In Memoriam: Solveig Rozner
It is with great sorrow that we have heard of the passing of Solvejg Rozner in Hamburg, Germany, on December 28, 2018, at the age of 84. Solvejg was a mathematics and German-language teacher at the German School (DSW) from 1972 to 1997.
In 1972, she emigrated from Germany and became a teacher at the DSW when Erich Kleinschmidt was principal and when classes were still held in rooms of the Presbyterian Church on River Road in Potomac. During her 25 years at the DSW, Solvejg earned a reputation as a very caring, gracious, patient teacher, who loved working with elementary and middle-school students (grades 1-10).
Her leadership as coordinator for the Realschulzweig had a major impact on the curricular and instructional goals of the School. Moreover, for many years, she was elected to the position of student advocate (Vertrauenslehrer). In this role, she especially addressed the needs and concerns of Realschüler, bringing out the best in all of them.
Solvejg served as assistant principal in the elementary school and as a member of the Employee Trustee Council, helping to resolve difficult, often controversial, issues. She was a modest but very effective advocate of teachers' concerns. Her role in forming the Teachers Association was invaluable. She also gained a reputation for her very thoughtful, gracious, and humorous words whenever colleagues left the school to retire or to go back to Germany. Always eager to learn more herself, she continued to take graduate courses at the University of Maryland. And upon her retirement in 1997, she reflected on some of her experiences in an article for the DSW Festschrift (2001).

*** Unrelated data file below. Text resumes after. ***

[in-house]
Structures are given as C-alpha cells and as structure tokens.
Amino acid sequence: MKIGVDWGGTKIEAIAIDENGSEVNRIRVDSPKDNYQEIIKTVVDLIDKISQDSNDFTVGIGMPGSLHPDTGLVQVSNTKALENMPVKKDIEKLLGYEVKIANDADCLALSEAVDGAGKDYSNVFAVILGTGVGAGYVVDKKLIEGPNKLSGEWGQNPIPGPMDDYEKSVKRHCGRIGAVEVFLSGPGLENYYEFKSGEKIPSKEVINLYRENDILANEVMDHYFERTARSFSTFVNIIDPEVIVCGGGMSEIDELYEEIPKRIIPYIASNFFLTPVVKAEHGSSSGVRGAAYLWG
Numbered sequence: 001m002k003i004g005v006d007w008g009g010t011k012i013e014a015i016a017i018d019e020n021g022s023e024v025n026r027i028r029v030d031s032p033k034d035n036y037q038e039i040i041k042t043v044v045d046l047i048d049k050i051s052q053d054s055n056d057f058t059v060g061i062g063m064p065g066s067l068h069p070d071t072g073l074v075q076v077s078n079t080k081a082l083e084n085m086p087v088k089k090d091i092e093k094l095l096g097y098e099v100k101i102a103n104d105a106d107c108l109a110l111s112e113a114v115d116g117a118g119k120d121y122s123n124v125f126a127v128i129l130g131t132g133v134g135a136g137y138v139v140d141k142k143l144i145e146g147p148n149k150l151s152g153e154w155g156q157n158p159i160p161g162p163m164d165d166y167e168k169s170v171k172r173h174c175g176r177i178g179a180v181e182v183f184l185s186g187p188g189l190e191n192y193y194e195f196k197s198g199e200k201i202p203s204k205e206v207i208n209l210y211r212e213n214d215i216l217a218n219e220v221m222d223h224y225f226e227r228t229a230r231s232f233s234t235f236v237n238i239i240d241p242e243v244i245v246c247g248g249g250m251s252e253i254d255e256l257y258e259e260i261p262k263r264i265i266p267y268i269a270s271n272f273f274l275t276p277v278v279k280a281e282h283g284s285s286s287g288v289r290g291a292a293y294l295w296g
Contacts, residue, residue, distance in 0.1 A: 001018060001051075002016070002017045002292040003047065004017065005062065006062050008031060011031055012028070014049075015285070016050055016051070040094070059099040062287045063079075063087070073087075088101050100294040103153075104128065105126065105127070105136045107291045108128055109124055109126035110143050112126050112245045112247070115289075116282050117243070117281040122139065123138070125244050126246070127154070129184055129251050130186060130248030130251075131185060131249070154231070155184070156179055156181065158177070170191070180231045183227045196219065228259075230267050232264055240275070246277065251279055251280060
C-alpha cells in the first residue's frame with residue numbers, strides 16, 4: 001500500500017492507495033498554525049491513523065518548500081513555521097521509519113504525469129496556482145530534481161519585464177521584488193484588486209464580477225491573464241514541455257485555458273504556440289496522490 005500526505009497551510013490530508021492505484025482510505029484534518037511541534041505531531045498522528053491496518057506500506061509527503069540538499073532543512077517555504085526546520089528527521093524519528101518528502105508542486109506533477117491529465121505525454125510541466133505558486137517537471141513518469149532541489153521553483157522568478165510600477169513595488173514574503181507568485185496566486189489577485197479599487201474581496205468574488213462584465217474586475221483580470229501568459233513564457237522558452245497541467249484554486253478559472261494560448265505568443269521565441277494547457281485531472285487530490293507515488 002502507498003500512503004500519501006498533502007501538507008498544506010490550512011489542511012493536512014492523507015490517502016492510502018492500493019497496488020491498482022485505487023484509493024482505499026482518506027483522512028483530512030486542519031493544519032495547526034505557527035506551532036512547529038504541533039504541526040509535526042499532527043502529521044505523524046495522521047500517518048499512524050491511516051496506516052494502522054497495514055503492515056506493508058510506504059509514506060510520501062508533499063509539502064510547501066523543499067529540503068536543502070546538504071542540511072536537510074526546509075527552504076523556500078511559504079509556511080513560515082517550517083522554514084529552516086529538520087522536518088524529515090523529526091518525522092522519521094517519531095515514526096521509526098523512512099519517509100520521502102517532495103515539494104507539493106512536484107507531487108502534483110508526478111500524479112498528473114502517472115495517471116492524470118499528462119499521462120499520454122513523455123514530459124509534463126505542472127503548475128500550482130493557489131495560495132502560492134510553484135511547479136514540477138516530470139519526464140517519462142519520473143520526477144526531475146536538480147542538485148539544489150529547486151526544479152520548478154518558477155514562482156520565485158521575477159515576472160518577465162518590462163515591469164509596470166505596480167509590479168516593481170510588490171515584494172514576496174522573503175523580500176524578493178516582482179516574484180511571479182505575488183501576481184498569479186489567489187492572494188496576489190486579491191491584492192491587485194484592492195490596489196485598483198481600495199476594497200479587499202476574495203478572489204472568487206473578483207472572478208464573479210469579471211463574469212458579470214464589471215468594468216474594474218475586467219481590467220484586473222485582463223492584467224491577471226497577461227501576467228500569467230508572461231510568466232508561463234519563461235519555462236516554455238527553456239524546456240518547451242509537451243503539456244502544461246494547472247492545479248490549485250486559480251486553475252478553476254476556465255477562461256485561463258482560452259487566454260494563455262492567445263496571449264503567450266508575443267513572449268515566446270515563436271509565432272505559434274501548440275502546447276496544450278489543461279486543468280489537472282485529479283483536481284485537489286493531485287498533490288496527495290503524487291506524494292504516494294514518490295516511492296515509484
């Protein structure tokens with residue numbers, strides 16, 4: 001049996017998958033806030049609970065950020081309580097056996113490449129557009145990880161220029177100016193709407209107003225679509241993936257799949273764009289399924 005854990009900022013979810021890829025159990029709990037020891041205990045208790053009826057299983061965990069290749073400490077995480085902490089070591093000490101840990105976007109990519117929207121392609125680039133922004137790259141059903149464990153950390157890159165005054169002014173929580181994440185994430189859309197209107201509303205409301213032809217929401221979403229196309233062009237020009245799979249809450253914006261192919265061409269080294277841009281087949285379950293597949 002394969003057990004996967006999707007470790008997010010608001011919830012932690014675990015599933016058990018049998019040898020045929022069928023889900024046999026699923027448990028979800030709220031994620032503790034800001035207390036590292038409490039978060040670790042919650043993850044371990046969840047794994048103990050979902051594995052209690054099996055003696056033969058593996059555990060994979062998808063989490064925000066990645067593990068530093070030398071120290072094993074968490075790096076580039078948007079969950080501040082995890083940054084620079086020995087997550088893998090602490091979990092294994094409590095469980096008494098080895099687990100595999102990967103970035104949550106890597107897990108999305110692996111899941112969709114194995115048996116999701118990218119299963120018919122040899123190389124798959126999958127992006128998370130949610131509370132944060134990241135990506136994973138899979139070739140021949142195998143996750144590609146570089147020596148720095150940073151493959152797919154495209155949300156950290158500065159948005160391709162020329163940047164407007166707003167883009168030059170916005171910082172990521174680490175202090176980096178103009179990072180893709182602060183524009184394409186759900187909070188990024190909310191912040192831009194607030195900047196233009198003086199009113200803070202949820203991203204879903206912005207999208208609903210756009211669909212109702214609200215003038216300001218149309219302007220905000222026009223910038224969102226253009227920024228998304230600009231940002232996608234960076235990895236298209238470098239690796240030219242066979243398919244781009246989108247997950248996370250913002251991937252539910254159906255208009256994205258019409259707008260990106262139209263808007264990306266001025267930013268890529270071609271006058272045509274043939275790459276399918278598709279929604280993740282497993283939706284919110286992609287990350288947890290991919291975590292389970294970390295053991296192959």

Perhaps her greatest satisfaction came from the numerous theater productions she organized in the middle school. Her 1991 production of Die Welle, for example, illustrated her serious commitment to teaching social awareness and moral values.
After retirement, Solvejg volunteered as a docent at the Corcoran Gallery of Art and then moved back to her hometown, Hamburg, to be closer to her family and friends. There she became a member of the Volksdorfer Museumsverein, teaching courses in conversation and literature in her native German dialect, Plattdeutsch. Solvejg organized discussion groups at the museum and also became the center of an informal group of former DSW teachers and students who came to Hamburg to join for yearly reunions around Thanksgiving. The gatherings offered a time to exchange tales about the DSW and former students, whom she all remembered by name.
The 1997 DSW Yearbook begins with the sentence: “1972 should be a stellar year in the history of the German School: Solvejg Rozner arrived from Hamburg in Potomac.” Clearly, Solvejg’s dedication and commitment to education leaves a meaningful legacy. She is remembered with great fondness and love by her former students and colleagues. Many more people than we can name will miss her greatly.
Dr. Peter Dreher